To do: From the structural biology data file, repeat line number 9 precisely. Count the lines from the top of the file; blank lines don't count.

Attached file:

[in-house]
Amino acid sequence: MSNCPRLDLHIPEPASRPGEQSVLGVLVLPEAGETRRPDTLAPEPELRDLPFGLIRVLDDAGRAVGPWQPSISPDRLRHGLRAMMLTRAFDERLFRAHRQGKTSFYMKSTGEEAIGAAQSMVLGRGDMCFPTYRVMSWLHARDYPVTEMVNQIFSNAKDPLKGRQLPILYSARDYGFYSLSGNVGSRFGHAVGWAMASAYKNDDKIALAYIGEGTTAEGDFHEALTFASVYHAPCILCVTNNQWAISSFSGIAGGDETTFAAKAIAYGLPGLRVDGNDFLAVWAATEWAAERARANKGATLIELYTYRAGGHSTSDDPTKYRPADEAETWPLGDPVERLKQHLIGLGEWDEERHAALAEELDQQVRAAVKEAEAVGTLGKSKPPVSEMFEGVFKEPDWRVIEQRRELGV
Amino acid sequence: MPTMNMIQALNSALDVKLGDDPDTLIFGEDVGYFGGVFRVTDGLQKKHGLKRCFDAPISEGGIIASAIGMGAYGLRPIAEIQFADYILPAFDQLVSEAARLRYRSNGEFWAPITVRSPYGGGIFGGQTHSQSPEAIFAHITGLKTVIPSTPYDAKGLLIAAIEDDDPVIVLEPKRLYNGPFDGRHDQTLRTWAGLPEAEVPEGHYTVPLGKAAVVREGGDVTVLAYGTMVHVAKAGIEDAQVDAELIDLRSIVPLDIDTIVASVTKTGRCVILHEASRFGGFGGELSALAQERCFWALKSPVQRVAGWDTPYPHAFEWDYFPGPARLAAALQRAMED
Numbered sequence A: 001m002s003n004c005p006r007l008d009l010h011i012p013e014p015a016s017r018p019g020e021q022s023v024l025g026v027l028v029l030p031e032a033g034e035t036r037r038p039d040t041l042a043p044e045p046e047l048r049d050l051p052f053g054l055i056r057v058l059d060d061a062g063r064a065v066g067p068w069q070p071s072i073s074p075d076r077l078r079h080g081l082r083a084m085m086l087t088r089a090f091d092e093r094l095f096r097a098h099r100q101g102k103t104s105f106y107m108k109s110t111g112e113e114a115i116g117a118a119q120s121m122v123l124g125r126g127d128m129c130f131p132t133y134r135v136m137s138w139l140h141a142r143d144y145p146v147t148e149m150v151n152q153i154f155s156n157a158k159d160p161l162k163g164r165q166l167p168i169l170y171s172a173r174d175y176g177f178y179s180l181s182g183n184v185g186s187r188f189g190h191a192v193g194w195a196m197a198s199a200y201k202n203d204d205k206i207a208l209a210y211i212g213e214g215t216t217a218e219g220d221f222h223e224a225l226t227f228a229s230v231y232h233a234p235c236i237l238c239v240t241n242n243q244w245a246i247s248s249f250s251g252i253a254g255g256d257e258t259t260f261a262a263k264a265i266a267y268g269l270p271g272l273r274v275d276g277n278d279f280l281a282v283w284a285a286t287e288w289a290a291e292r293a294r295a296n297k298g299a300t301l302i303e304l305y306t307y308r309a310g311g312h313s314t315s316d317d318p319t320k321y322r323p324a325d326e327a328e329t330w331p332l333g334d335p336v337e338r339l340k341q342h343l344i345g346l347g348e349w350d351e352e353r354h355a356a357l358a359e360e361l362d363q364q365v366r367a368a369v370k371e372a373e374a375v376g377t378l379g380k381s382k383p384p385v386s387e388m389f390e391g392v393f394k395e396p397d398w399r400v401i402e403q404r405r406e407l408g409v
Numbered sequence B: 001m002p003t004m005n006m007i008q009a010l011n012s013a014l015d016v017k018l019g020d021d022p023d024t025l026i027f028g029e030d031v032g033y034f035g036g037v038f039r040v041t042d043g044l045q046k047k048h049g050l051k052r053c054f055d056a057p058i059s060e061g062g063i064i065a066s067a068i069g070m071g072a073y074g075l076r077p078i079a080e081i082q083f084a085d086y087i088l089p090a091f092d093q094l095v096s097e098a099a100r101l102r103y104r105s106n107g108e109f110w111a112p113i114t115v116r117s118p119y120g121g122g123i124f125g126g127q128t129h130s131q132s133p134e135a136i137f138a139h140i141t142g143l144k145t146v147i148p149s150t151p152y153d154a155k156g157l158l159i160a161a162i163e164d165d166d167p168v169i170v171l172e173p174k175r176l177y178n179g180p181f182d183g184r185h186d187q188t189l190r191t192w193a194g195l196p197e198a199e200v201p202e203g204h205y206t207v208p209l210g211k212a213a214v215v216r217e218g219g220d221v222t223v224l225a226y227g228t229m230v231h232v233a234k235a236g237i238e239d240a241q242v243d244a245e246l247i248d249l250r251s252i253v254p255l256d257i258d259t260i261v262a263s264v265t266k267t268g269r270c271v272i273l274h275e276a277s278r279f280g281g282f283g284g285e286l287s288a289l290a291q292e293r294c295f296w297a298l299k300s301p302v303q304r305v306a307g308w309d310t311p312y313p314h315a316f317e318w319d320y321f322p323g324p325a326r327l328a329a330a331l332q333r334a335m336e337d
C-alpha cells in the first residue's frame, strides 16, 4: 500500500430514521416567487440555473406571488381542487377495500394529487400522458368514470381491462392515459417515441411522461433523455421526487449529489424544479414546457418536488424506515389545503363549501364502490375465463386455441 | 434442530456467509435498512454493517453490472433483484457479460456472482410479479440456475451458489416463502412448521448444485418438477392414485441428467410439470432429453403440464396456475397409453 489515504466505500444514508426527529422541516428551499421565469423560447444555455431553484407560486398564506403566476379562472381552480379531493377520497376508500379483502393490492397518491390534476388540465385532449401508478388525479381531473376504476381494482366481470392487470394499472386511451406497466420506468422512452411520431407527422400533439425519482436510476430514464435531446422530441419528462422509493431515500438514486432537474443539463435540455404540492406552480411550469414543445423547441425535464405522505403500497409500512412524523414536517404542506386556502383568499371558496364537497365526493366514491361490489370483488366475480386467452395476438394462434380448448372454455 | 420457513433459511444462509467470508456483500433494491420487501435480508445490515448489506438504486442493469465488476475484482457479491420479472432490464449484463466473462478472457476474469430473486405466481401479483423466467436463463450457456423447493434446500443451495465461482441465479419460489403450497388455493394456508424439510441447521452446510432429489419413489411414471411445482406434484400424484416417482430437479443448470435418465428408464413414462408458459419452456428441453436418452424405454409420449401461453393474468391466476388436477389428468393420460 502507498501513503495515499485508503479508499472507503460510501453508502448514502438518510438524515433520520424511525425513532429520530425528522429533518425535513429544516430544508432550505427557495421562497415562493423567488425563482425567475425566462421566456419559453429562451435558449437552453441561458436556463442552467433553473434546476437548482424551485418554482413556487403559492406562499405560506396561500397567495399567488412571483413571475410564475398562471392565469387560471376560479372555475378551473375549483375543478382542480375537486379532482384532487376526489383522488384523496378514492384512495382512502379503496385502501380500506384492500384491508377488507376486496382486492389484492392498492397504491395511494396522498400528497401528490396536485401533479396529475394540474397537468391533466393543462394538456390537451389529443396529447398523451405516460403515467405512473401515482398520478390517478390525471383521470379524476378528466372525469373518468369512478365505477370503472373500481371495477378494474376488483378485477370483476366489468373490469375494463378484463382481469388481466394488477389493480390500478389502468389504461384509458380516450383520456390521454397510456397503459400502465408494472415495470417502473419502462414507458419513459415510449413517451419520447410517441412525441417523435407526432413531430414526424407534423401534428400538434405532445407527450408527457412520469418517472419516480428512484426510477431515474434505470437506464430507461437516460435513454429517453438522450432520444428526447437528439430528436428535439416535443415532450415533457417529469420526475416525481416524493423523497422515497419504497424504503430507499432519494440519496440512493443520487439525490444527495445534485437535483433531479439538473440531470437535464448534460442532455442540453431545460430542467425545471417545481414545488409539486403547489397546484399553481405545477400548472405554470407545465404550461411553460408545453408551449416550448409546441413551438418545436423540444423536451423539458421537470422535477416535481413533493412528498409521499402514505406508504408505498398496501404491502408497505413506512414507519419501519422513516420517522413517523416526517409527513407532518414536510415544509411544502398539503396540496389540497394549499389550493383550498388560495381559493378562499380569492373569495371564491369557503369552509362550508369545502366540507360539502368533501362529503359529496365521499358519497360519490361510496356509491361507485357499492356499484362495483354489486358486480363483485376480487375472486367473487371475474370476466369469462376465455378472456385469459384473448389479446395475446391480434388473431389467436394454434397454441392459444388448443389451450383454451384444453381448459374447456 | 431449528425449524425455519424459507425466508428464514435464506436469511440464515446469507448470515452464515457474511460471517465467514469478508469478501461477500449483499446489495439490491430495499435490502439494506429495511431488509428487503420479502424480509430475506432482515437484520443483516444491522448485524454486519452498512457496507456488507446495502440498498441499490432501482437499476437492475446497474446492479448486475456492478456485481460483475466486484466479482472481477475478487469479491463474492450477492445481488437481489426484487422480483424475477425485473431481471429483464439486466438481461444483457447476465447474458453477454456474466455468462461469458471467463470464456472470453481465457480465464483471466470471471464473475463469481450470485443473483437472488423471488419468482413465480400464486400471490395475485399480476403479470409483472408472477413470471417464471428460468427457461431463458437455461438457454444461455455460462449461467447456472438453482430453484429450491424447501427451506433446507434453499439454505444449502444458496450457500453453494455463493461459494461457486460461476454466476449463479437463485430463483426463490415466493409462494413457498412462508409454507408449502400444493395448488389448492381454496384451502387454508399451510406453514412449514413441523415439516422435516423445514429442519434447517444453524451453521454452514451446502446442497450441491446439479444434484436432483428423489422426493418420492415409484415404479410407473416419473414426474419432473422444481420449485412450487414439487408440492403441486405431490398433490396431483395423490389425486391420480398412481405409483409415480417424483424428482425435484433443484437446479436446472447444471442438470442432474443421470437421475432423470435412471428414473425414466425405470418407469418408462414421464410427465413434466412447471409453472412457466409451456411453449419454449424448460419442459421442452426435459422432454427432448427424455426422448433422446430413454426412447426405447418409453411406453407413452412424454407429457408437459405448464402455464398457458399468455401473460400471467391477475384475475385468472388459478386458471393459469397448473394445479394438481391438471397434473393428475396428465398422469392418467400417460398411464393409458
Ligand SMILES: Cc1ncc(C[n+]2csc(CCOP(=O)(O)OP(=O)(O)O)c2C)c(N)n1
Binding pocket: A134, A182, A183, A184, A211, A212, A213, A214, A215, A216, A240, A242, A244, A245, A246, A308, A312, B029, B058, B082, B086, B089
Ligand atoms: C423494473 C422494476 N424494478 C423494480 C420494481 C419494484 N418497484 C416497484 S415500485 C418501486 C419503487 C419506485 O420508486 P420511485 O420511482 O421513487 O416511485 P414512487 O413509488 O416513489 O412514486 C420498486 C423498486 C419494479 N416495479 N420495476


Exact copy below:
Ligand atoms: C423494473 C422494476 N424494478 C423494480 C420494481 C419494484 N418497484 C416497484 S415500485 C418501486 C419503487 C419506485 O420508486 P420511485 O420511482 O421513487 O416511485 P414512487 O413509488 O416513489 O412514486 C420498486 C423498486 C419494479 N416495479 N420495476